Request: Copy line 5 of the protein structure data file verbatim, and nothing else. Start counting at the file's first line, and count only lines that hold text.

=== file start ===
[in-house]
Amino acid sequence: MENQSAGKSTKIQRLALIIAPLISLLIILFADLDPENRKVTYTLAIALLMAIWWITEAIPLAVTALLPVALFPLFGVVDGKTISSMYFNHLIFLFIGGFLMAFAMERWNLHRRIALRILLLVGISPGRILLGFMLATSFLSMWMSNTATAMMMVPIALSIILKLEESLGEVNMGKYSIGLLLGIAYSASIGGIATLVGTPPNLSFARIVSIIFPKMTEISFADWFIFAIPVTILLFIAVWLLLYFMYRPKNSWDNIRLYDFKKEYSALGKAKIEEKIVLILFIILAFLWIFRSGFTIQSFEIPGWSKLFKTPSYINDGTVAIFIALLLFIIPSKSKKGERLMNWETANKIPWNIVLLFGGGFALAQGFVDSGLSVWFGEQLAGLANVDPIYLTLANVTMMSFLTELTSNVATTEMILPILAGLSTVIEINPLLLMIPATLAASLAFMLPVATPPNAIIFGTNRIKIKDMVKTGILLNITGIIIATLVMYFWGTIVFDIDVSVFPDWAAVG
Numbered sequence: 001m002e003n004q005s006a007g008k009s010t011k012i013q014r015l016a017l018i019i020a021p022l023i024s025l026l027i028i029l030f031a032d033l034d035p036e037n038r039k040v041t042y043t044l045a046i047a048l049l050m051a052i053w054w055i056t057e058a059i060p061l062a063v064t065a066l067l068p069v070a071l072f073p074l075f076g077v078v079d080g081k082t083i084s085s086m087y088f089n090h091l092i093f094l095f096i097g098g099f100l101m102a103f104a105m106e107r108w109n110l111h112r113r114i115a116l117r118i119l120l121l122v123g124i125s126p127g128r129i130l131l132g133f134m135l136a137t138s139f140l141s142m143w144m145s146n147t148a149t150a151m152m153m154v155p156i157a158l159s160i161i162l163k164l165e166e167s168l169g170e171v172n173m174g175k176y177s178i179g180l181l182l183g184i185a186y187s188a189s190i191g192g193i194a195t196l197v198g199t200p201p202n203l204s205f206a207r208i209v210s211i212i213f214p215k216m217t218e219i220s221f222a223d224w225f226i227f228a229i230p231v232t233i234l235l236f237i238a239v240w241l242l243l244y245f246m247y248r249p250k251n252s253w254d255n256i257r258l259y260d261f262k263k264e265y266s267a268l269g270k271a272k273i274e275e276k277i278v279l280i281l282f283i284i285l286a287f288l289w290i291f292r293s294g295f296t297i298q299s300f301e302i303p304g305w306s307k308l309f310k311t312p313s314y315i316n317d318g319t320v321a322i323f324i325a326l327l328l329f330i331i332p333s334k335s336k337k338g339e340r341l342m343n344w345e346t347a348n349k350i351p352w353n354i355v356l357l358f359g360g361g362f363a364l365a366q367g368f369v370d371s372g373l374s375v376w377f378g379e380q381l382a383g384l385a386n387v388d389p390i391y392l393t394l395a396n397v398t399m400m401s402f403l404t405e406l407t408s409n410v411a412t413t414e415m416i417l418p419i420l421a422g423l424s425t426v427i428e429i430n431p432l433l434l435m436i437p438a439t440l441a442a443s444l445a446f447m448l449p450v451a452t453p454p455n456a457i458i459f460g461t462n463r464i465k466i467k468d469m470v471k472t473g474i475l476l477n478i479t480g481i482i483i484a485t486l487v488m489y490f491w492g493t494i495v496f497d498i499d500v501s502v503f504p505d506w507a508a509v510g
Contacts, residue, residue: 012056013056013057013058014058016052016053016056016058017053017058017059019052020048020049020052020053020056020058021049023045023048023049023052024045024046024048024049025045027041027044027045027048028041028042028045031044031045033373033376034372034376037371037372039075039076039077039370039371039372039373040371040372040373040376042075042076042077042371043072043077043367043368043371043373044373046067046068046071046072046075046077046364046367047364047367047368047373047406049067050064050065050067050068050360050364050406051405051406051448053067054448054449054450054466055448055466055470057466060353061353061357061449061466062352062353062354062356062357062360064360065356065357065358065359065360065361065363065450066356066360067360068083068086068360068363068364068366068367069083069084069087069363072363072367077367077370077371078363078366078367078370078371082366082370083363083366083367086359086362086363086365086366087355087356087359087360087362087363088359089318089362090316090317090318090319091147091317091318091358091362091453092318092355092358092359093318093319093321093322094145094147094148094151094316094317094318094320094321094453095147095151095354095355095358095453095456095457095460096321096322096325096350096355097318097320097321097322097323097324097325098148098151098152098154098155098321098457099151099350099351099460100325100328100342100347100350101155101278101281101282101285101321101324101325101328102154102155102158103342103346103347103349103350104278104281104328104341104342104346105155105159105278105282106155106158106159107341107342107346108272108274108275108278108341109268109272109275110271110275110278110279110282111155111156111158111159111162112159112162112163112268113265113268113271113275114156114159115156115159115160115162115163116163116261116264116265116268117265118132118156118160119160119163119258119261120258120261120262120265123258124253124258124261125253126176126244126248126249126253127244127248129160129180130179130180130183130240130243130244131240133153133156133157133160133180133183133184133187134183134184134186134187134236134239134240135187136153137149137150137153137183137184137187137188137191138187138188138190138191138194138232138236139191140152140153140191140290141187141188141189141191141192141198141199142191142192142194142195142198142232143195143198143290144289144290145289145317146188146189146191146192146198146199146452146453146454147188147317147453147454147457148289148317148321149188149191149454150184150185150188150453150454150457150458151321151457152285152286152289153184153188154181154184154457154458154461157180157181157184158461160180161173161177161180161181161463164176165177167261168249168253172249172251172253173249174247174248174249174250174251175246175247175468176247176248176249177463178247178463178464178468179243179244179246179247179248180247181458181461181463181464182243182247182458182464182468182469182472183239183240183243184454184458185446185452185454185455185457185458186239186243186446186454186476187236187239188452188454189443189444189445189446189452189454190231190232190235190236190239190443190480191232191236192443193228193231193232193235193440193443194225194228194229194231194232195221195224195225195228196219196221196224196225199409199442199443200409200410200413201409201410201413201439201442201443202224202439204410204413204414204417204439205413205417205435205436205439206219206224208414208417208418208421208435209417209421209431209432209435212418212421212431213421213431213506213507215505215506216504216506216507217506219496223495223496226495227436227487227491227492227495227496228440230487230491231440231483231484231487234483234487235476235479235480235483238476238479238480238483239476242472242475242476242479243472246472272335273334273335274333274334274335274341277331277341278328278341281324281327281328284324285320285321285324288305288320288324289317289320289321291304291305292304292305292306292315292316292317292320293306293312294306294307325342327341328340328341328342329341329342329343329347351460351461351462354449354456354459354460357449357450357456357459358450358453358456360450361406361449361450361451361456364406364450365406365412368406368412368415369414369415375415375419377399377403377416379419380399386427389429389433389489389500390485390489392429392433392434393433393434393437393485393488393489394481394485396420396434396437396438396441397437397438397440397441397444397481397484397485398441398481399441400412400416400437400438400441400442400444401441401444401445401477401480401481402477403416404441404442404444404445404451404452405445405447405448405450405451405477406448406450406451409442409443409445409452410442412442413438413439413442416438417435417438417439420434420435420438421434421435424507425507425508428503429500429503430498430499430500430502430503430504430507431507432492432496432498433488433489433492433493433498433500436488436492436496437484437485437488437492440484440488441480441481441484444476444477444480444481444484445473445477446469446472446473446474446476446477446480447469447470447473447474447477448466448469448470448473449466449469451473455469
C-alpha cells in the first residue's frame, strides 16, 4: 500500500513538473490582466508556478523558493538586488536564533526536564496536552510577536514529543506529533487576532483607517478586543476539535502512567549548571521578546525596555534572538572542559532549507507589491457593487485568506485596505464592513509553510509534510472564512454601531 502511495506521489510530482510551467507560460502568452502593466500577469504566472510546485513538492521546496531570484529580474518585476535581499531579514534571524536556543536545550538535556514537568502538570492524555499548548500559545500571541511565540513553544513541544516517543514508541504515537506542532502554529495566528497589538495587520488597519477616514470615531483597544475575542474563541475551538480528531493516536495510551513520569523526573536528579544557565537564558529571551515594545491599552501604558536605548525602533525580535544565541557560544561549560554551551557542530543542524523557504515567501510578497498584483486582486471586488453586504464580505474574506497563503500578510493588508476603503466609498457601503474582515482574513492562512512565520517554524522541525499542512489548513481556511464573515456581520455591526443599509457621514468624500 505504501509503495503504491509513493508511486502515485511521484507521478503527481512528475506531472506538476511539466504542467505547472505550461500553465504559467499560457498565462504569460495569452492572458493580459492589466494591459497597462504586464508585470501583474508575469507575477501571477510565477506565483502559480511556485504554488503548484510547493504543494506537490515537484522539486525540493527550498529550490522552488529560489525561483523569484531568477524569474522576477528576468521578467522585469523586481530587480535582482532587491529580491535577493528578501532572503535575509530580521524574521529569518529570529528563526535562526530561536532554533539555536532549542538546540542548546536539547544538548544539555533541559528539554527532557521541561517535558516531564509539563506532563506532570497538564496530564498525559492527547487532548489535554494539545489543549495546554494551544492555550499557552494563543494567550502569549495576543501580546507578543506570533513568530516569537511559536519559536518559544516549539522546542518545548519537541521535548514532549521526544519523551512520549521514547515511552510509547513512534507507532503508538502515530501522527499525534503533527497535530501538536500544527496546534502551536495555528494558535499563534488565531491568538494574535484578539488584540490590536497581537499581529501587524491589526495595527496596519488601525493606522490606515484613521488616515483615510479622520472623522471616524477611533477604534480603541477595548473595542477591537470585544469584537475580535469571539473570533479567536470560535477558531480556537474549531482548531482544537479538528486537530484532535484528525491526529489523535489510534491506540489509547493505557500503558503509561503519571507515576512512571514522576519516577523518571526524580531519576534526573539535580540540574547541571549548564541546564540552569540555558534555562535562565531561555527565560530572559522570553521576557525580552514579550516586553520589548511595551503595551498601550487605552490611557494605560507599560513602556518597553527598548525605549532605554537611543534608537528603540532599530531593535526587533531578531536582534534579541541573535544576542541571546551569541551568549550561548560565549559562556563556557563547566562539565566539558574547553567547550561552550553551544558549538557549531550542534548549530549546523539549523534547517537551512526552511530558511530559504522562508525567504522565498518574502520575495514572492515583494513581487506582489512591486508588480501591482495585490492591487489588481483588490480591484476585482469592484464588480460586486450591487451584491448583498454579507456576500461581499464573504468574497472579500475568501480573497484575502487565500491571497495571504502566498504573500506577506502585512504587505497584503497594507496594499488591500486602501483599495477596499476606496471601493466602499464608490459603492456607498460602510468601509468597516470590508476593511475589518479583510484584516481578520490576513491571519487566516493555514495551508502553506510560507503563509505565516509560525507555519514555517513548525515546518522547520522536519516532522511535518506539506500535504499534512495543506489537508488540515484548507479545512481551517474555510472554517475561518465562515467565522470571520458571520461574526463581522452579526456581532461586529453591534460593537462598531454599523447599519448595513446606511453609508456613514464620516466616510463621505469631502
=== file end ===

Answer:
C-alpha cells in the first residue's frame, strides 16, 4: 500500500513538473490582466508556478523558493538586488536564533526536564496536552510577536514529543506529533487576532483607517478586543476539535502512567549548571521578546525596555534572538572542559532549507507589491457593487485568506485596505464592513509553510509534510472564512454601531 502511495506521489510530482510551467507560460502568452502593466500577469504566472510546485513538492521546496531570484529580474518585476535581499531579514534571524536556543536545550538535556514537568502538570492524555499548548500559545500571541511565540513553544513541544516517543514508541504515537506542532502554529495566528497589538495587520488597519477616514470615531483597544475575542474563541475551538480528531493516536495510551513520569523526573536528579544557565537564558529571551515594545491599552501604558536605548525602533525580535544565541557560544561549560554551551557542530543542524523557504515567501510578497498584483486582486471586488453586504464580505474574506497563503500578510493588508476603503466609498457601503474582515482574513492562512512565520517554524522541525499542512489548513481556511464573515456581520455591526443599509457621514468624500 505504501509503495503504491509513493508511486502515485511521484507521478503527481512528475506531472506538476511539466504542467505547472505550461500553465504559467499560457498565462504569460495569452492572458493580459492589466494591459497597462504586464508585470501583474508575469507575477501571477510565477506565483502559480511556485504554488503548484510547493504543494506537490515537484522539486525540493527550498529550490522552488529560489525561483523569484531568477524569474522576477528576468521578467522585469523586481530587480535582482532587491529580491535577493528578501532572503535575509530580521524574521529569518529570529528563526535562526530561536532554533539555536532549542538546540542548546536539547544538548544539555533541559528539554527532557521541561517535558516531564509539563506532563506532570497538564496530564498525559492527547487532548489535554494539545489543549495546554494551544492555550499557552494563543494567550502569549495576543501580546507578543506570533513568530516569537511559536519559536518559544516549539522546542518545548519537541521535548514532549521526544519523551512520549521514547515511552510509547513512534507507532503508538502515530501522527499525534503533527497535530501538536500544527496546534502551536495555528494558535499563534488565531491568538494574535484578539488584540490590536497581537499581529501587524491589526495595527496596519488601525493606522490606515484613521488616515483615510479622520472623522471616524477611533477604534480603541477595548473595542477591537470585544469584537475580535469571539473570533479567536470560535477558531480556537474549531482548531482544537479538528486537530484532535484528525491526529489523535489510534491506540489509547493505557500503558503509561503519571507515576512512571514522576519516577523518571526524580531519576534526573539535580540540574547541571549548564541546564540552569540555558534555562535562565531561555527565560530572559522570553521576557525580552514579550516586553520589548511595551503595551498601550487605552490611557494605560507599560513602556518597553527598548525605549532605554537611543534608537528603540532599530531593535526587533531578531536582534534579541541573535544576542541571546551569541551568549550561548560565549559562556563556557563547566562539565566539558574547553567547550561552550553551544558549538557549531550542534548549530549546523539549523534547517537551512526552511530558511530559504522562508525567504522565498518574502520575495514572492515583494513581487506582489512591486508588480501591482495585490492591487489588481483588490480591484476585482469592484464588480460586486450591487451584491448583498454579507456576500461581499464573504468574497472579500475568501480573497484575502487565500491571497495571504502566498504573500506577506502585512504587505497584503497594507496594499488591500486602501483599495477596499476606496471601493466602499464608490459603492456607498460602510468601509468597516470590508476593511475589518479583510484584516481578520490576513491571519487566516493555514495551508502553506510560507503563509505565516509560525507555519514555517513548525515546518522547520522536519516532522511535518506539506500535504499534512495543506489537508488540515484548507479545512481551517474555510472554517475561518465562515467565522470571520458571520461574526463581522452579526456581532461586529453591534460593537462598531454599523447599519448595513446606511453609508456613514464620516466616510463621505469631502